INDIANAPOLIS - A tornado damaged 11 homes Tuesday in Hendricks County. The National Weather Service preliminarily confirmed that the tornado that touched down in Plainfield was an EF-1 with speeds up to 110 mph.
There were no reports of injuries as search and rescue crews went door-to-door in areas along Raceway Road near U.S. 40, including the Cameron Meadows neighborhood.
A large tornado tracked through the area at roughly 2:30 p.m. Severe weather was not expected Tuesday, so the tornado came as a surprise to residents.
At least three homes were heavily damaged in the Cameron Meadows neighborhood. The same storm prompted warnings for several counties until the storm weakened an hour later.
A storm spotter reported a tornado on the ground in Speedway at roughly 2:40 p.m..
That report followed another storm-spotter report of a tornado on the ground with debris near Perry Road and U.S. 40 in Hendricks County, moving east at roughly 2:30 p.m.
A gaping hole was in the roof of a home after a neighbor's RV slammed into the home. Numerous other homes had damaged siding and roofs. Hendricks County Emergency Management Director David Warren said this home is unlivable.
"It's very upsetting. I think I'm still trying to go through and comprehend everything, but the most important thing is that my husband is fine and my grandbabies are fine. It's a little devastating not knowing what to do next," homeowner Becky Rackley said.
Air conditioners were blown away from the sides of homes and fences were knocked down and strewn about the area.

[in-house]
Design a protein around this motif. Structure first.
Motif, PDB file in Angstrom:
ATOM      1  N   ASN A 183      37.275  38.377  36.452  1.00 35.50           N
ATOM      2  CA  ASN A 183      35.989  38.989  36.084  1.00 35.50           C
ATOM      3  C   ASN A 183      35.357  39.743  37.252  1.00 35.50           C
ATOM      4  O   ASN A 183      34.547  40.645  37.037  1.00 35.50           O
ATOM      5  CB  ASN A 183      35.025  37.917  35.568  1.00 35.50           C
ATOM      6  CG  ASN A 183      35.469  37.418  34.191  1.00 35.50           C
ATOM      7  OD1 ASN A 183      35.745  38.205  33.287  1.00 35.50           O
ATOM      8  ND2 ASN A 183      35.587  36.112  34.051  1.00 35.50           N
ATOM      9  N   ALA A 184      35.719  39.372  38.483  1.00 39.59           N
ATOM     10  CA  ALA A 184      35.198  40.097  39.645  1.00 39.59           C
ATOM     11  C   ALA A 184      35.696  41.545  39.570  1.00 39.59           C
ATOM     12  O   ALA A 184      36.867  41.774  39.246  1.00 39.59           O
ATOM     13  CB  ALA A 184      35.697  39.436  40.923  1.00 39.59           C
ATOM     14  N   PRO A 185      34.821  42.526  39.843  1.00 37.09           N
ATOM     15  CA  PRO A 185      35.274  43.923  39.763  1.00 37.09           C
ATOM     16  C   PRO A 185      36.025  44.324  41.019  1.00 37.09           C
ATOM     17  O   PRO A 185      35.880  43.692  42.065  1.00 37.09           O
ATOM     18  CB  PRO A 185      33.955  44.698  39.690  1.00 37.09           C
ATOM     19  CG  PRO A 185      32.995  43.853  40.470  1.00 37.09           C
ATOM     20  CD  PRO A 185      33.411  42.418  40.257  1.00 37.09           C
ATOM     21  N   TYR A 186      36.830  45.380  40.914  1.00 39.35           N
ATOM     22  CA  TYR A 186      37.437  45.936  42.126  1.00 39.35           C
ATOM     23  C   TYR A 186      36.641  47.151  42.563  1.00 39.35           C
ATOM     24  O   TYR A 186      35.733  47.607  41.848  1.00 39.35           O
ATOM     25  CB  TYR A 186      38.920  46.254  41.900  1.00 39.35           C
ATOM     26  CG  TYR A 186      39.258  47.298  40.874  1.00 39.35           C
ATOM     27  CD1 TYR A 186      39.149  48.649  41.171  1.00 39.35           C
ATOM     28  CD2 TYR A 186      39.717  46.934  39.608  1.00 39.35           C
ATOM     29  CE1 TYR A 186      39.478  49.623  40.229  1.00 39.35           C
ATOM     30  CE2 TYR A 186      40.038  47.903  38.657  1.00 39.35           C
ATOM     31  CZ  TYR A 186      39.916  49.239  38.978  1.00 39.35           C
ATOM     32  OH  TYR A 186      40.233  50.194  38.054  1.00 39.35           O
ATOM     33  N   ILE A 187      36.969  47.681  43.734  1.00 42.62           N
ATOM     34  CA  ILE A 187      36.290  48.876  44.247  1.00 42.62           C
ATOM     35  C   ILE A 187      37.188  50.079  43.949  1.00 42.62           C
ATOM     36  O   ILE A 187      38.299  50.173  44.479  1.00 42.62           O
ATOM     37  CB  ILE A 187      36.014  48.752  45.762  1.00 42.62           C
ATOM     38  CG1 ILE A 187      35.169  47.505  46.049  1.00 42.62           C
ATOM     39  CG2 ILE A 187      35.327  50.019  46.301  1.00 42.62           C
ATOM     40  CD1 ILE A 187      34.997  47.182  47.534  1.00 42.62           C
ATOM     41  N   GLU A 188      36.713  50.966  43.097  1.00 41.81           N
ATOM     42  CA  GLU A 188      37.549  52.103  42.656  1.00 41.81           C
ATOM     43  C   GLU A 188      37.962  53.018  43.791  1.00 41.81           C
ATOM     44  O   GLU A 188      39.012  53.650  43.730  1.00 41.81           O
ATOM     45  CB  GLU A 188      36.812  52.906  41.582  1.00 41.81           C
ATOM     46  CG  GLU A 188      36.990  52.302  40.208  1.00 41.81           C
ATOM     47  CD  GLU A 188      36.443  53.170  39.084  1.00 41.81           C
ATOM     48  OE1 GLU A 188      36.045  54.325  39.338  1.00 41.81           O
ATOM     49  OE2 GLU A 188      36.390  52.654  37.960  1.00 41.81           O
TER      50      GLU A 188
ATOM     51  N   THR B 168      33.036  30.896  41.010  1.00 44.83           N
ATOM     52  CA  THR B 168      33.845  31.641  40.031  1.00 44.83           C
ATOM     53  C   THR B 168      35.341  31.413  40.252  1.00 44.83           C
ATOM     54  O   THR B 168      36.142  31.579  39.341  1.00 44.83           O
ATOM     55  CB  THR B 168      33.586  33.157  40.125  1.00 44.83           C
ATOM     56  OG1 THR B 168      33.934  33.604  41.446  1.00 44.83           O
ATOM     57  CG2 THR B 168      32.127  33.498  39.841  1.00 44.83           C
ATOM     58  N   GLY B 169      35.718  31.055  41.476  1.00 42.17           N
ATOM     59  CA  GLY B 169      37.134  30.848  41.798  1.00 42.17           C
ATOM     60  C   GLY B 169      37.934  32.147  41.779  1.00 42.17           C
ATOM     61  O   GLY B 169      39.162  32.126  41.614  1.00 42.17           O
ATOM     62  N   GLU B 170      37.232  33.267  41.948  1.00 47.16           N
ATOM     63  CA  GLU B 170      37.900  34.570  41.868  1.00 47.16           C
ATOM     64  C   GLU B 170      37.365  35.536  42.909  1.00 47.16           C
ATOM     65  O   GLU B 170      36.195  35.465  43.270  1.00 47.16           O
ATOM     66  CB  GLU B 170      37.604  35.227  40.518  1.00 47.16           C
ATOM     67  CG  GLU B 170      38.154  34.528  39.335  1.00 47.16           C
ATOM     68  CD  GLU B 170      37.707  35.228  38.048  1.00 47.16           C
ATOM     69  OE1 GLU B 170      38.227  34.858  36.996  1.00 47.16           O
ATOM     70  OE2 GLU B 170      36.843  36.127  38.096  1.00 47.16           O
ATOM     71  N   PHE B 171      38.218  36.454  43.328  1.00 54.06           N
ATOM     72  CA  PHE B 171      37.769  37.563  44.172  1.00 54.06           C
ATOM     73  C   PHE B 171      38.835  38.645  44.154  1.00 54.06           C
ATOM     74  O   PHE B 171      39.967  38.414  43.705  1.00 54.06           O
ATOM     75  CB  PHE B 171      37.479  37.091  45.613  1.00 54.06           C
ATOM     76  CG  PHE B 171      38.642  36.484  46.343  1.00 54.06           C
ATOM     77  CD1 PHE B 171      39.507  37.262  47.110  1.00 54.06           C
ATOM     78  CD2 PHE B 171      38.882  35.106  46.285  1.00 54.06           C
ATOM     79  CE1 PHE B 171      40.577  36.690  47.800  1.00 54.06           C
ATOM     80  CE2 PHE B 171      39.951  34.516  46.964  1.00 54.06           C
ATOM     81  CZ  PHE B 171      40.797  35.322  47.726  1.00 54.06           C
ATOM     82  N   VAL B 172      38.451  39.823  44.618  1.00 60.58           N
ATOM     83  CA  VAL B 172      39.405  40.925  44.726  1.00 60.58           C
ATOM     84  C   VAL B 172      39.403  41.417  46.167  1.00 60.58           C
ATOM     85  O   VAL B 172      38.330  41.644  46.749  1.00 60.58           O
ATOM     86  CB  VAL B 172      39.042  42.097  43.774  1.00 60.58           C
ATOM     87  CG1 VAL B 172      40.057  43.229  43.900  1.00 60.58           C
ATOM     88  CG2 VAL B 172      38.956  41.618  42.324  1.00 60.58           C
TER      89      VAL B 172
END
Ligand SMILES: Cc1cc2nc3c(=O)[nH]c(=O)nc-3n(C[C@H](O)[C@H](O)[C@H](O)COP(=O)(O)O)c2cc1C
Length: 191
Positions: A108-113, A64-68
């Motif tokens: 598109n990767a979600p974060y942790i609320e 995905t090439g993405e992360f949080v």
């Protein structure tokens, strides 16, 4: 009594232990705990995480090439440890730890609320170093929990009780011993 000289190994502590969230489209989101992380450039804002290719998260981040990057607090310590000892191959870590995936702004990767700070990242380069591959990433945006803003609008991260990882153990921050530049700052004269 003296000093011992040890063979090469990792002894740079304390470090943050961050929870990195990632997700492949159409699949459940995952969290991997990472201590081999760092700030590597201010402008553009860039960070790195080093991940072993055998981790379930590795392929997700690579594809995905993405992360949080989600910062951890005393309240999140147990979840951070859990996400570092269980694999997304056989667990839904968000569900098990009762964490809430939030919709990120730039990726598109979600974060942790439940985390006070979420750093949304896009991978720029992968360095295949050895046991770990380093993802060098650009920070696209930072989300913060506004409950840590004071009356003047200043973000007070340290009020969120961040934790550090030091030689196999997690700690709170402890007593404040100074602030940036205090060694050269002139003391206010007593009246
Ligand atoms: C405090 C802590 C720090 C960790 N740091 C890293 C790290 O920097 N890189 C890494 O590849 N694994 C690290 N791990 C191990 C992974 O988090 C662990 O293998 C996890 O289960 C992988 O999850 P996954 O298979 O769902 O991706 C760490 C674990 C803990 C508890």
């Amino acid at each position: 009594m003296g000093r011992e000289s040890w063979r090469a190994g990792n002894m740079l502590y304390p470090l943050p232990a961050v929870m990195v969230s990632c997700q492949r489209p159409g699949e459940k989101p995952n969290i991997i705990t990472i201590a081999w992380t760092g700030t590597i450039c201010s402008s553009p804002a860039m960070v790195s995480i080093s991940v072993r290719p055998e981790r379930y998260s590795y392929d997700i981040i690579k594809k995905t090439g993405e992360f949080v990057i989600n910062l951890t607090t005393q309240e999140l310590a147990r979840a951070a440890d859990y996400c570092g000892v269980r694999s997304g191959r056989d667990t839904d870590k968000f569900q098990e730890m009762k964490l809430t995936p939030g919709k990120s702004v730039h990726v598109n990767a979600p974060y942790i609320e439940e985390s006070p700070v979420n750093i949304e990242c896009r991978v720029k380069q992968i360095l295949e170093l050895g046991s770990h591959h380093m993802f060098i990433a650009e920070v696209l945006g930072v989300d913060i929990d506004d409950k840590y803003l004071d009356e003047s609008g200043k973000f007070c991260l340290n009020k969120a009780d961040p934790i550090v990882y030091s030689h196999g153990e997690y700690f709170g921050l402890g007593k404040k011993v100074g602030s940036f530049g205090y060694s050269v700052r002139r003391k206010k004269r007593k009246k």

Volunteers with the the National Guard responded to the scene and a shelter was set up at Bridgeport Elementary School, but it was shut down a short time later as there were no residents who needed that service.
Residents were asked to avoid areas damaged by the storm.
Tom Spalding, spokesman for the Chimney Safety Institute of America, was in a training session when the storm arrived and snapped a good picture of the twister.
"Our phones started ringing with the weather alert," Spalding said. "I was watching the clouds. All of a sudden, they just kind of formed a V shape."
There were other wall cloud reports as the storm moved through northern Marion County and into Hamilton County, but the tornado-producing storm weakened as it tracked northeast.
Tornado warnings were issued Tuesday afternoon for areas west and southwest of Indianapolis, including parts of Hendricks, Morgan and Marion counties.
Rotation was evident in the storm from weather radar, and a storm spotter said rotation was seen in a wall cloud in the storm.
Wall clouds are often precursors to funnel clouds and tornadoes.
As of 2 p.m., rotation was seen on radar in southern Hendricks County. A few minutes later, the radar indicated the storm was weakening, but it strengthened again just west of Indianapolis about 2:30 p.m.
There were no other watches or warnings in the area.
Clear skies were in the forecast for Wednesday as the community continues to recover from the nasty storms.
Time is ticking on summer's extended stay. A real taste of fall is getting closer to central Indiana.
Fall is officially here, but it's not all about warm days, cool nights, campfires and cozy sweaters.
Summer officially ends on Thursday, so what are you doing with the last hours of the season.
Tuesday marked the 14 year anniversary of the second longest tornado track in Indiana's history.
The Indiana Department of Environmental Management (IDEM) has issued an Air Quality Action Day with a forecast of high ozone levels near the…
Tropical Storm Karl formed last week, and it could be our next hurricane this week.